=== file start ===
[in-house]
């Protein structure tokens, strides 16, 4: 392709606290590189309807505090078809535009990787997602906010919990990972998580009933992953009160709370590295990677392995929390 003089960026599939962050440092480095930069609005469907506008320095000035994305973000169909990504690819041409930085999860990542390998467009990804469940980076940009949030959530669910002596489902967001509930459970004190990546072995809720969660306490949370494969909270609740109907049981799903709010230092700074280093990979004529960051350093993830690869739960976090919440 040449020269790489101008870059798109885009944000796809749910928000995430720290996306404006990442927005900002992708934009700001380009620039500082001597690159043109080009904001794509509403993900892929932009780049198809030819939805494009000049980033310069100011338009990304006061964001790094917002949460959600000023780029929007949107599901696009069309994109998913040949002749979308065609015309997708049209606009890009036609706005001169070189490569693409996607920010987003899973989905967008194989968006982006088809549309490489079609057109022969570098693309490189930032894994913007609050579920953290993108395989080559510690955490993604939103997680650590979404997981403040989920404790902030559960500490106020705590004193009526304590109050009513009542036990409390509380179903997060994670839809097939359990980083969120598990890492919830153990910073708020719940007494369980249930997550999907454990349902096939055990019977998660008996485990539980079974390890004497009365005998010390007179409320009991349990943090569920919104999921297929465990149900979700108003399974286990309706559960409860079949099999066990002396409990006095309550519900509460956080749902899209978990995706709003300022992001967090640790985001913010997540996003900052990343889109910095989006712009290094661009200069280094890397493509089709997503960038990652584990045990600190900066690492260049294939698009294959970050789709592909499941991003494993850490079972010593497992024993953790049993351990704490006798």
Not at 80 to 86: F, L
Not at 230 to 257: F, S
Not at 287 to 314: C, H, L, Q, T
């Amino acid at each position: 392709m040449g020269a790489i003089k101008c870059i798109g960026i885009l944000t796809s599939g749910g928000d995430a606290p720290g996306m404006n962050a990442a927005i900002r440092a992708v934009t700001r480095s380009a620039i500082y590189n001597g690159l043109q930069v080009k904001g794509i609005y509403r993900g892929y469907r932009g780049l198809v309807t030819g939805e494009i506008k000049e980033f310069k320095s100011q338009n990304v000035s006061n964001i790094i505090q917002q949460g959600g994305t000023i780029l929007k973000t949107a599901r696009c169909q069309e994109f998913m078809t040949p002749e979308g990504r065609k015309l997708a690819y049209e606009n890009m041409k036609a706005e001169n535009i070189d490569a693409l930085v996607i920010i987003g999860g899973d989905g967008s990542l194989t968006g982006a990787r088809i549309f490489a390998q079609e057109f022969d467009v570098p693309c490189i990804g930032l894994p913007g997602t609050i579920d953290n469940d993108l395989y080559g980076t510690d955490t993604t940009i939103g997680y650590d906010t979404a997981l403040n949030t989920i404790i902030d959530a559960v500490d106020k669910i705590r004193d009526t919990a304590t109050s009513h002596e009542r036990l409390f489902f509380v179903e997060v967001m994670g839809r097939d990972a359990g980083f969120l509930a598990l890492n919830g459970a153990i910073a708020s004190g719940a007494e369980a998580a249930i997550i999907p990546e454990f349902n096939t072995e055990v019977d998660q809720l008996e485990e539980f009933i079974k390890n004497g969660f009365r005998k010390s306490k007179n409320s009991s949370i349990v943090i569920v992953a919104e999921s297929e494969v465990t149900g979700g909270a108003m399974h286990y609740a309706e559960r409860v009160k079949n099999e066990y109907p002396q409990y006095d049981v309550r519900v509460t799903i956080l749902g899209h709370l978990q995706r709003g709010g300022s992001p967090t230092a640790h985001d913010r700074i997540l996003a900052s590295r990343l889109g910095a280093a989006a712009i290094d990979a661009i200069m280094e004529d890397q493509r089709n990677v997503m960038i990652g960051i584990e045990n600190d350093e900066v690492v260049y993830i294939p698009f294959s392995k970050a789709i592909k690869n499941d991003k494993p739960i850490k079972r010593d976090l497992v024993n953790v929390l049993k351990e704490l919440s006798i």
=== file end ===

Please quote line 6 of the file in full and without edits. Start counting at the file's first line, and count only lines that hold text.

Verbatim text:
């Amino acid at each position: 392709m040449g020269a790489i003089k101008c870059i798109g960026i885009l944000t796809s599939g749910g928000d995430a606290p720290g996306m404006n962050a990442a927005i900002r440092a992708v934009t700001r480095s380009a620039i500082y590189n001597g690159l043109q930069v080009k904001g794509i609005y509403r993900g892929y469907r932009g780049l198809v309807t030819g939805e494009i506008k000049e980033f310069k320095s100011q338009n990304v000035s006061n964001i790094i505090q917002q949460g959600g994305t000023i780029l929007k973000t949107a599901r696009c169909q069309e994109f998913m078809t040949p002749e979308g990504r065609k015309l997708a690819y049209e606009n890009m041409k036609a706005e001169n535009i070189d490569a693409l930085v996607i920010i987003g999860g899973d989905g967008s990542l194989t968006g982006a990787r088809i549309f490489a390998q079609e057109f022969d467009v570098p693309c490189i990804g930032l894994p913007g997602t609050i579920d953290n469940d993108l395989y080559g980076t510690d955490t993604t940009i939103g997680y650590d906010t979404a997981l403040n949030t989920i404790i902030d959530a559960v500490d106020k669910i705590r004193d009526t919990a304590t109050s009513h002596e009542r036990l409390f489902f509380v179903e997060v967001m994670g839809r097939d990972a359990g980083f969120l509930a598990l890492n919830g459970a153990i910073a708020s004190g719940a007494e369980a998580a249930i997550i999907p990546e454990f349902n096939t072995e055990v019977d998660q809720l008996e485990e539980f009933i079974k390890n004497g969660f009365r005998k010390s306490k007179n409320s009991s949370i349990v943090i569920v992953a919104e999921s297929e494969v465990t149900g979700g909270a108003m399974h286990y609740a309706e559960r409860v009160k079949n099999e066990y109907p002396q409990y006095d049981v309550r519900v509460t799903i956080l749902g899209h709370l978990q995706r709003g709010g300022s992001p967090t230092a640790h985001d913010r700074i997540l996003a900052s590295r990343l889109g910095a280093a989006a712009i290094d990979a661009i200069m280094e004529d890397q493509r089709n990677v997503m960038i990652g960051i584990e045990n600190d350093e900066v690492v260049y993830i294939p698009f294959s392995k970050a789709i592909k690869n499941d991003k494993p739960i850490k079972r010593d976090l497992v024993n953790v929390l049993k351990e704490l919440s006798i």